I realise, too, that I need to avoid a charge of hypocrisy. I have criticised Tournemire for the lack of respect shown to the original instrument - which he changed because, as you have observed, it was not considered suitable for the musical requirements of the time. However, I am aware that I have suggested that certain Engilsh organs could be subject to some tonal alterations, in order to make them more musical. This is, of course, only my opinion.

 

However, I believe that there is a special case to be made in so far as the organ of Ste. Clothilde is concerned, for two reasons:

 

1) It was an instrument on which Franck spent much time over many years. He spoke very highly of it.

 

2) It was described as 'beautiful' - even by Tournemire.

 

Allow me to compare this instrument with one in this country which I have criticised on a number of occasions - the 'vintage' H&H at Crediton Parish Church. This is an instrument on which I used to practise some years ago. I have also played it after its recent restoration. However, I honestly do not believe that anyone could truthfully describe the Pedal and G.O. reeds as 'beautiful' - or, for that matter, the Tuba on the Choir Organ. It is not easy to find a use for them in any music (and certainly not in choral accompaniment). I suppose they could be used to beat a wayward congregation into submission during a hymn. Yet I realise that there are those who read this board who dislike the sound of French reeds.

 

Nevertheless, I cannot simply agree that every organ should be restored in the state in which it currently exists now, in 2008 - which is, I think, what you are implying.

 

An organ is not just a three-dimensional historic document or record. Each organ has a job to do and surely those who have of custody over these instruments have, of necessity, to balance the claims of historical preservation over practical needs. Dogmatic adherence to one view or the other could simply result in a lot of instruments falling into disuse - which is surely to be avoided and serves no good purpose to either side.

 

This is why I am determined to preserve the sound of my own church instrument. In fact, I consider that the regular contact which I enjoy with it to be a privilege. However, after fourteen years' close association with it, I consider that I can justifiably claim that I know it better than anyone else - and am therefore aware of its flaws and shortcomings. With this in mind, there are a few additional ranks which I wish to include in any future restoration, which I am convinced will enhance the sound and usefulness of the instrument. However, they will be additions - and, as such, players can choose whether or not they wish to use the new stops.

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"it was not considered suitable for the musical requirements of the time. However, I am aware that I have suggested that certain Engilsh organs could be subject to some tonal alterations, in order to make them more musical."

 

(Quote)

 

As I am very weak in english, could you please explain the difference ?

 

"An organ is not just a three-dimensional historic document or record"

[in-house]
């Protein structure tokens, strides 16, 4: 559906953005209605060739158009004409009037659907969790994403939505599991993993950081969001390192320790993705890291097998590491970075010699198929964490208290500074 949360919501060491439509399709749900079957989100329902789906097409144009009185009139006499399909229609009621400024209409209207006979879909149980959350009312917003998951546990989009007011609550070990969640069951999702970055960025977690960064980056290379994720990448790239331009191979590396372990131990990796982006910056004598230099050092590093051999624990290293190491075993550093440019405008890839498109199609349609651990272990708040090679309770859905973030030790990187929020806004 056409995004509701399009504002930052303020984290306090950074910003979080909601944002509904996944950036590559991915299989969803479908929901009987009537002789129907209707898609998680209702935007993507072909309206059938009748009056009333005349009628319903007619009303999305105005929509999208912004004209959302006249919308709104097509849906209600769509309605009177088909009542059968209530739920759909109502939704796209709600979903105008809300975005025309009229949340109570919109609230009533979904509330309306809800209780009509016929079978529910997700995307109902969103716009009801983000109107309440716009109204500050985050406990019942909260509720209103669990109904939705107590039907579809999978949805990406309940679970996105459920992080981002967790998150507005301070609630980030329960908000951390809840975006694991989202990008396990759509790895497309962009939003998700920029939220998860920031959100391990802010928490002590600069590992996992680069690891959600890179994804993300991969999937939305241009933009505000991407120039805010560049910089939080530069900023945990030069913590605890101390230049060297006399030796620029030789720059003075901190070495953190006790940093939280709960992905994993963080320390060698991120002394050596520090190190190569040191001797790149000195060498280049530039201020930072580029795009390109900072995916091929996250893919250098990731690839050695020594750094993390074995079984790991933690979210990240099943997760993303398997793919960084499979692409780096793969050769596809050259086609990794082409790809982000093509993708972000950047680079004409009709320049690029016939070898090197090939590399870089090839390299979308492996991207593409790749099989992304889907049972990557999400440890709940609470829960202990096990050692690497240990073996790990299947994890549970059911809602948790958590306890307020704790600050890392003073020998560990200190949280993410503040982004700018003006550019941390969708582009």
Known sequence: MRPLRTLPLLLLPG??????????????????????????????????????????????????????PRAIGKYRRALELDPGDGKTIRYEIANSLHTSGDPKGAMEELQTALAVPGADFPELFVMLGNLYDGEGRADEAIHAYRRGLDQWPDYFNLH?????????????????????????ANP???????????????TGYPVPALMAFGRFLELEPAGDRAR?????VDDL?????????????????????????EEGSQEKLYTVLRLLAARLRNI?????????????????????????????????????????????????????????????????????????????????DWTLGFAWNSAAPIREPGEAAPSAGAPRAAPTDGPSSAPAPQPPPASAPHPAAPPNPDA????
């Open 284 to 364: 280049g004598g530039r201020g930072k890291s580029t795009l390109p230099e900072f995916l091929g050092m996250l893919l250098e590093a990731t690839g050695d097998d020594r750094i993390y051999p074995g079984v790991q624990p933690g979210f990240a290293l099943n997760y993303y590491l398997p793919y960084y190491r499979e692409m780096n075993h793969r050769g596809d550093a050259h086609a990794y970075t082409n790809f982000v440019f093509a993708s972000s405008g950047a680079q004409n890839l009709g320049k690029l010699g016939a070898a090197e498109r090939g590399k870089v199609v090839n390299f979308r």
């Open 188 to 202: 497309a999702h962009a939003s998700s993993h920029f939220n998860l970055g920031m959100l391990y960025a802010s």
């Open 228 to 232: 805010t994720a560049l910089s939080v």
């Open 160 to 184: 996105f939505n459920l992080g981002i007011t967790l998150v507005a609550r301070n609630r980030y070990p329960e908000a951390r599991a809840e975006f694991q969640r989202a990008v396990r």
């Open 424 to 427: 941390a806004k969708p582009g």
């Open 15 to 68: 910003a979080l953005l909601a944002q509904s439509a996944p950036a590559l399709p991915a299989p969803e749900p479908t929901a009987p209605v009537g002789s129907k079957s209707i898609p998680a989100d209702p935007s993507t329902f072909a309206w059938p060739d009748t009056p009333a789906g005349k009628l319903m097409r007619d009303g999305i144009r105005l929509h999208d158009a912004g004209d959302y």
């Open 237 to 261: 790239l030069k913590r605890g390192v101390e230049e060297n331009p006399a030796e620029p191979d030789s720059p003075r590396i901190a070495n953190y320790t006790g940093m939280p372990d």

(Quote)

An organ is a piece of art like any other, we need to keep them, like

the others instruments, or in ten years we shall have to play Bach on synthetizers.

 

. "Each organ has a job to do"

(Quote)

 

A fridge too. But I hope you'll agree there is a -however small-

difference between an organ and kitchen furniture...

 

Pierre

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What a shame. If ever an organ should be restored as closely as possible to that state in which it was first constructed, it is that at Ste. Clothilde.

 

Tournemire was greatly disappointed with certain aspects of the rebuild and enlargelment which he designed in the 1930s. I cannot imagine why anyone should wish to make this instrument even larger.

 

I should have liked to have seen a true and faithful restoration of this instrument as near as possible to its conception - if only that we might have a better understanding of performance practice regarding the works of César Franck.

 

If it were returned to the scheme Franck knew, how would Langlais be performed authentically on his instrument?

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If it were returned to the scheme Franck knew, how would Langlais be performed authentically on his instrument?

 

Quite so!

And what about La Trinité?: without the changes by Beuchet how Messiaen could have imagine to keep composing for organ?

And Widor at St Sulpice: everyone knows that he thanked ACC many times for his magnificent organ constructed on the basis of Clicquot'work!

 

Cochereau himself was very cool about the organ conception: to his visitors who complained about the deep changes that occured on his NDP organ, he allways said there was a button which would allow them to only use the Vierne tutti and the numerous registrations allowed the concertists to draw aside the new stops!

 

Music changes...organs have to

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Guest Nigel ALLCOAT
If it were returned to the scheme Franck knew, how would Langlais be performed authentically on his instrument?